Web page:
The Millionaires' Unit: The Aristocratic Flyboys Who Fought the Great War and Invented American Air Power [Wortman]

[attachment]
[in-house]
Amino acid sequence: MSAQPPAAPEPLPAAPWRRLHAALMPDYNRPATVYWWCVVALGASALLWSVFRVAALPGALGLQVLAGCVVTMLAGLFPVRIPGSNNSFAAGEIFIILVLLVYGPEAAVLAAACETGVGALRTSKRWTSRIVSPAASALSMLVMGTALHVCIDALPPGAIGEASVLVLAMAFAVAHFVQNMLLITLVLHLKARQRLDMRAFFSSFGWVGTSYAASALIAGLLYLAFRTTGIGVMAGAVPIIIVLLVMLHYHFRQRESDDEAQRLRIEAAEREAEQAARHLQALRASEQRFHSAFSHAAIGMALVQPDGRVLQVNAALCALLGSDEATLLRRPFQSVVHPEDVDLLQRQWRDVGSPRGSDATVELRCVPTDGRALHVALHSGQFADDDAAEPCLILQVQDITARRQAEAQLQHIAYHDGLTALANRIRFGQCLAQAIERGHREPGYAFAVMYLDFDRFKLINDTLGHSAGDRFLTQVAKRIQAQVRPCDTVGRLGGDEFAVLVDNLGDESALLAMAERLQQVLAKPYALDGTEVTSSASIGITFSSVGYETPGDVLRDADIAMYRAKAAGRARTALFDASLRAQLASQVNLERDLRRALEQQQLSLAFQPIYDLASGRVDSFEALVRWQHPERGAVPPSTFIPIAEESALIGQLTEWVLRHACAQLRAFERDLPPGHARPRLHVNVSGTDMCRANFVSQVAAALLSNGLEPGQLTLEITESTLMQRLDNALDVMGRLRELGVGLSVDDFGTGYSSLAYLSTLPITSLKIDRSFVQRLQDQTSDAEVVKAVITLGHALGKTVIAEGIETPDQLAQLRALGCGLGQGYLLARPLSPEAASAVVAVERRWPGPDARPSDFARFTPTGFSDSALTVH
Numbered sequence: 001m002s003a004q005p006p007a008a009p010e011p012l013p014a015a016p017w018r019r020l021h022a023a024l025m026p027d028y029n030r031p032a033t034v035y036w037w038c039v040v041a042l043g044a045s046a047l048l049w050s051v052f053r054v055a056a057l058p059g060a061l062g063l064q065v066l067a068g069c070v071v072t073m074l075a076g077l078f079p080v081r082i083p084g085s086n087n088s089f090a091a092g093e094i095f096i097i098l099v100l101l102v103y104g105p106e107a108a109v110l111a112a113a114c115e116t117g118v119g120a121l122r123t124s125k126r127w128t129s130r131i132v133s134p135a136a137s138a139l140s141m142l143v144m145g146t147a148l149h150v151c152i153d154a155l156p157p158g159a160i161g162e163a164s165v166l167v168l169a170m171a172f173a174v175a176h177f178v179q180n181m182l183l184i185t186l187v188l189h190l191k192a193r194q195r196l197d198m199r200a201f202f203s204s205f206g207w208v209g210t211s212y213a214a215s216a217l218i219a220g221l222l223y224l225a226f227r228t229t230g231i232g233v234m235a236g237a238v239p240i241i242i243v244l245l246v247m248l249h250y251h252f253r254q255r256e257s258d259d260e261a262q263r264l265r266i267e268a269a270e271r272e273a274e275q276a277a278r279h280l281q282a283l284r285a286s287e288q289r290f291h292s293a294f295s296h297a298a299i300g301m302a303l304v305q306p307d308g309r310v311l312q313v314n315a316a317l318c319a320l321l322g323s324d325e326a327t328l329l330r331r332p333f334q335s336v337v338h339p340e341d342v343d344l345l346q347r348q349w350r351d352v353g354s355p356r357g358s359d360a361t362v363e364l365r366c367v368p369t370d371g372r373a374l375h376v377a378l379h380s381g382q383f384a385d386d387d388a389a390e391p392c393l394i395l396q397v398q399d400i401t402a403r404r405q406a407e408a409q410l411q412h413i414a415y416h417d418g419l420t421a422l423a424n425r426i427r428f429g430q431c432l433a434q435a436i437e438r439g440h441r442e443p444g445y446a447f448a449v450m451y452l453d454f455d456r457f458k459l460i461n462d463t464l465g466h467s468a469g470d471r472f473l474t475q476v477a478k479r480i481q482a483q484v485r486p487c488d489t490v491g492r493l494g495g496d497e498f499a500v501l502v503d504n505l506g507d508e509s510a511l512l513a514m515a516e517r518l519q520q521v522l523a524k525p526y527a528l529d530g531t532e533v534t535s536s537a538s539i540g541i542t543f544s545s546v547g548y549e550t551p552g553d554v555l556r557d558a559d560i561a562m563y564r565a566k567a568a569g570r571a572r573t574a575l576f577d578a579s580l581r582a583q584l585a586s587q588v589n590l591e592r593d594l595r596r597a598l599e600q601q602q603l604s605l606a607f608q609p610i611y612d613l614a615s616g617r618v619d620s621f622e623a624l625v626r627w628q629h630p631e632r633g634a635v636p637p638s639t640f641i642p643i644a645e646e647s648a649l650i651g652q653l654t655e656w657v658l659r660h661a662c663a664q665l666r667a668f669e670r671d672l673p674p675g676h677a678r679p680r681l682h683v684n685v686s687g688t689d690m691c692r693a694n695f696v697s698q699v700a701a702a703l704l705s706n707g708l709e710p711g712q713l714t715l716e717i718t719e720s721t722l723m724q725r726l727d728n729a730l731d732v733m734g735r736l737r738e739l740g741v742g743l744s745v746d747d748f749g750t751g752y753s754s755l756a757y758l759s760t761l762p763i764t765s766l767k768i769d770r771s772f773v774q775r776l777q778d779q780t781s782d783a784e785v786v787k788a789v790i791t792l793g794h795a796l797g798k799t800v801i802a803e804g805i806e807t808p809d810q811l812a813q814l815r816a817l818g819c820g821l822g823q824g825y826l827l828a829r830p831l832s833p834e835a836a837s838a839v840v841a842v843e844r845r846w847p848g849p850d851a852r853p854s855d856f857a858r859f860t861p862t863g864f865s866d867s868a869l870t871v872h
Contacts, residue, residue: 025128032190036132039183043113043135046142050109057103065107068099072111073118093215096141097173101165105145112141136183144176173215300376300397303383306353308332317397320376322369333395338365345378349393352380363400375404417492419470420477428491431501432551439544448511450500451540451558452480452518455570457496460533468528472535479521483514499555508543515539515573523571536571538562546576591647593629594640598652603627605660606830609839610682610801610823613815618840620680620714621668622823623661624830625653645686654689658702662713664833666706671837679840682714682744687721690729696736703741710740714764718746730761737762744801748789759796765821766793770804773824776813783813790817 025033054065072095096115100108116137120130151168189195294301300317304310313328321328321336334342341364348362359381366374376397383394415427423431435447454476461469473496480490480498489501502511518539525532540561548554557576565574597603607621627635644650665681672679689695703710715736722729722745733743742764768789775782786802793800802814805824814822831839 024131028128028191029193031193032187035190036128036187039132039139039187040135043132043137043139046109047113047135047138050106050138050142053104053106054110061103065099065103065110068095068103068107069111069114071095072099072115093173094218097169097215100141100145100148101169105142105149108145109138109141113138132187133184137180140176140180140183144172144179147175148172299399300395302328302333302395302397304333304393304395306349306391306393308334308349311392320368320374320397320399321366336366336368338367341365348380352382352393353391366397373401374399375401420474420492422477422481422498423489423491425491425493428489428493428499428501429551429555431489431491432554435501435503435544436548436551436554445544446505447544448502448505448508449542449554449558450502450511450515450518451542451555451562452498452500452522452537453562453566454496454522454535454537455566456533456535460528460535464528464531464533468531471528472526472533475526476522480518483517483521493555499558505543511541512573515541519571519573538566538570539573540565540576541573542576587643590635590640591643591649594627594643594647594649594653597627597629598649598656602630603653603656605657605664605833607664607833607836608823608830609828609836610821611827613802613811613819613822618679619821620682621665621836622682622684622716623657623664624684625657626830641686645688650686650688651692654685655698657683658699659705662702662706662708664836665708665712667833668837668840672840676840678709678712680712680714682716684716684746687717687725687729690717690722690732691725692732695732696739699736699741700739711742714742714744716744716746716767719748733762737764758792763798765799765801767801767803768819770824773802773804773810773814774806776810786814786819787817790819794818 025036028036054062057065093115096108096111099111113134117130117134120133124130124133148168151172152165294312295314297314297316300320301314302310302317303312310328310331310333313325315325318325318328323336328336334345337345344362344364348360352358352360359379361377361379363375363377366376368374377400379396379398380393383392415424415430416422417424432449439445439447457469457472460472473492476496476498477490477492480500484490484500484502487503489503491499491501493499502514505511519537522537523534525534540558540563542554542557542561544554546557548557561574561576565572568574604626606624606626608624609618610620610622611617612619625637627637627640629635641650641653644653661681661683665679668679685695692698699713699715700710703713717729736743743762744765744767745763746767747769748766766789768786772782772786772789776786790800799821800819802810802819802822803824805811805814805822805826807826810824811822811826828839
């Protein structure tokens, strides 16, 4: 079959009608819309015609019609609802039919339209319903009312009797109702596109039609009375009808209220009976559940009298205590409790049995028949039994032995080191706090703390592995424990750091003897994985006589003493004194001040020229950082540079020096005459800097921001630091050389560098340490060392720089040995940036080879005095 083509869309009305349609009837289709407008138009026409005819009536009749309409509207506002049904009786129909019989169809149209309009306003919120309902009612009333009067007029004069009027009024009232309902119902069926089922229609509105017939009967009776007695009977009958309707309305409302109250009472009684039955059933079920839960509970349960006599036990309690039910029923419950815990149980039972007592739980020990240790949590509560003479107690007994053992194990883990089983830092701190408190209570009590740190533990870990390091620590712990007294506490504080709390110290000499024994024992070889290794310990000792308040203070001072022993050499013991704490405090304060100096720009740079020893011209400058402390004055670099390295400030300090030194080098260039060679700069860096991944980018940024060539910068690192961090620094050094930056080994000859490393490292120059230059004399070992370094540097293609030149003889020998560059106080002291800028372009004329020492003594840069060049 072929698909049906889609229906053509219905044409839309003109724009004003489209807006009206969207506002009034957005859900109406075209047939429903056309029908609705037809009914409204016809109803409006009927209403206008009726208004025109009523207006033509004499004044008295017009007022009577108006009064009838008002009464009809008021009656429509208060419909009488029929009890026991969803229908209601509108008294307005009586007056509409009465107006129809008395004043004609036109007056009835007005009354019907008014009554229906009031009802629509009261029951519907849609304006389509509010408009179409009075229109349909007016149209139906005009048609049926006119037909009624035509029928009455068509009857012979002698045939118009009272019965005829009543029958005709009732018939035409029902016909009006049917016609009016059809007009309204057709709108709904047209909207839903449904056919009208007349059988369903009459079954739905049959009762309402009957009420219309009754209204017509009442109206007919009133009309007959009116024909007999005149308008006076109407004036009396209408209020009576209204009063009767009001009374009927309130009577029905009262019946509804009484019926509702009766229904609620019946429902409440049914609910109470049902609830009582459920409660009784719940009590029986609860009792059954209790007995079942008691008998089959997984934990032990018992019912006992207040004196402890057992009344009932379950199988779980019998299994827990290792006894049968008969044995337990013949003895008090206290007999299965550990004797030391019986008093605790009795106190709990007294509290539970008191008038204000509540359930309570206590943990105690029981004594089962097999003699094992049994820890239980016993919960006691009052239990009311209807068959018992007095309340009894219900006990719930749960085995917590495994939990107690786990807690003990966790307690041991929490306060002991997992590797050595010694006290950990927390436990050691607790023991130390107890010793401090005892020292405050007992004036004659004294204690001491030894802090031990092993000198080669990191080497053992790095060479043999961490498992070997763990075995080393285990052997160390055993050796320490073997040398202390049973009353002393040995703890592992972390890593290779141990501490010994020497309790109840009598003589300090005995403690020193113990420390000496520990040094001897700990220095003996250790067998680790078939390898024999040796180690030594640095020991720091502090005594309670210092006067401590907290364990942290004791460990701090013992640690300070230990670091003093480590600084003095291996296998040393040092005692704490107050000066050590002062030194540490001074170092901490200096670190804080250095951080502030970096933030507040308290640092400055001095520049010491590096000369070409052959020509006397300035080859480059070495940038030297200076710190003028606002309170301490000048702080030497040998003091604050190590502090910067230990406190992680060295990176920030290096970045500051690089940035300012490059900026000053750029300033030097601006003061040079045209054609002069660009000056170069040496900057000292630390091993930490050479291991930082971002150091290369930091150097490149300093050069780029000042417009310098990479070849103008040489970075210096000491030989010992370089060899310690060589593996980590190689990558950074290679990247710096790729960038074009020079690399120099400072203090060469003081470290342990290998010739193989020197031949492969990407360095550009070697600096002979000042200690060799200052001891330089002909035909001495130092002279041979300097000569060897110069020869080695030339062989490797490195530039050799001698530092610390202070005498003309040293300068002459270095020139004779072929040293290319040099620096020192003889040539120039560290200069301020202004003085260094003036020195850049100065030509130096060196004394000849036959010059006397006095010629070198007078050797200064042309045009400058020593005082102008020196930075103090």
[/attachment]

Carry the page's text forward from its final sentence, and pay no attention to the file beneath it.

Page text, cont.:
The Millionaires' Unit is the story of a gilded generation of young men from the zenith of privilege: a Rockefeller, the son of the head of the Union Pacific Railroad, several who counted friends and relatives among presidents and statesmen of the day. They had it all and, remarkably by modern standards, they were prepared to risk it all to fight a distant war in France. Driven by the belief that their membership in the American elite required certain sacrifice, schooled in heroism and the nature of leadership, they determined to be first into the conflict, leading the way ahead of America's declaration that it would join the war. At the heart of the group was the Yale flying club, six of whom are the heroes of this book. They would share rivalries over girlfriends, jealousies over membership in Skull and Bones, and fierce ambition to be the most daring young man over the battlefields of France, where the casualties among flyers were chillingly high. One of the six would go on to become the principal architect of the American Air Force's first strategic bomber force. Others would bring home decorations and tales of high life experiences in Paris. Some would not return, having made the greatest sacrifice of all in perhaps the last noble war. For readers of Flyboys, The Greatest Generation, or Flags Of Our Fathers, this patriotic, romantic, absorbing book is narrative military history of the best kind.